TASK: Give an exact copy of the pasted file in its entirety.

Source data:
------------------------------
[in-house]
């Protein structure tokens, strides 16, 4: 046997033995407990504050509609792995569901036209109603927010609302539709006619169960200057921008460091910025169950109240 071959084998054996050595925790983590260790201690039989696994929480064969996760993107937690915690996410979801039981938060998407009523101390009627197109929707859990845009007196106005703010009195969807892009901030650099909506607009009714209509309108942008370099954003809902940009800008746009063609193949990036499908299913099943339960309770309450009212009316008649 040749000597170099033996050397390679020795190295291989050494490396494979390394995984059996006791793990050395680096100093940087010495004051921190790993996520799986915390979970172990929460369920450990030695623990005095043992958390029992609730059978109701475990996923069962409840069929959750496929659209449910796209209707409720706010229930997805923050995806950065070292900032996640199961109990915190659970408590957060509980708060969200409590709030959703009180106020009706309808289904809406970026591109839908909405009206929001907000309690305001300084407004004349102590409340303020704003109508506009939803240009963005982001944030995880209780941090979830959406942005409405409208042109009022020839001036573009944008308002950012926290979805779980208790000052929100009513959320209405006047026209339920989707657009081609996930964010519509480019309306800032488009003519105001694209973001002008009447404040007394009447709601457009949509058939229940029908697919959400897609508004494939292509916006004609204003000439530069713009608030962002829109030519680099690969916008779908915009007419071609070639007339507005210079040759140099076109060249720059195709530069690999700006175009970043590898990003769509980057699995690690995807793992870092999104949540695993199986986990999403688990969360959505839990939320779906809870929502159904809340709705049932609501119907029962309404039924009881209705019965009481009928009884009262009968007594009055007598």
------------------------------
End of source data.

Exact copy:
[in-house]
């Protein structure tokens, strides 16, 4: 046997033995407990504050509609792995569901036209109603927010609302539709006619169960200057921008460091910025169950109240 071959084998054996050595925790983590260790201690039989696994929480064969996760993107937690915690996410979801039981938060998407009523101390009627197109929707859990845009007196106005703010009195969807892009901030650099909506607009009714209509309108942008370099954003809902940009800008746009063609193949990036499908299913099943339960309770309450009212009316008649 040749000597170099033996050397390679020795190295291989050494490396494979390394995984059996006791793990050395680096100093940087010495004051921190790993996520799986915390979970172990929460369920450990030695623990005095043992958390029992609730059978109701475990996923069962409840069929959750496929659209449910796209209707409720706010229930997805923050995806950065070292900032996640199961109990915190659970408590957060509980708060969200409590709030959703009180106020009706309808289904809406970026591109839908909405009206929001907000309690305001300084407004004349102590409340303020704003109508506009939803240009963005982001944030995880209780941090979830959406942005409405409208042109009022020839001036573009944008308002950012926290979805779980208790000052929100009513959320209405006047026209339920989707657009081609996930964010519509480019309306800032488009003519105001694209973001002008009447404040007394009447709601457009949509058939229940029908697919959400897609508004494939292509916006004609204003000439530069713009608030962002829109030519680099690969916008779908915009007419071609070639007339507005210079040759140099076109060249720059195709530069690999700006175009970043590898990003769509980057699995690690995807793992870092999104949540695993199986986990999403688990969360959505839990939320779906809870929502159904809340709705049932609501119907029962309404039924009881209705019965009481009928009884009262009968007594009055007598």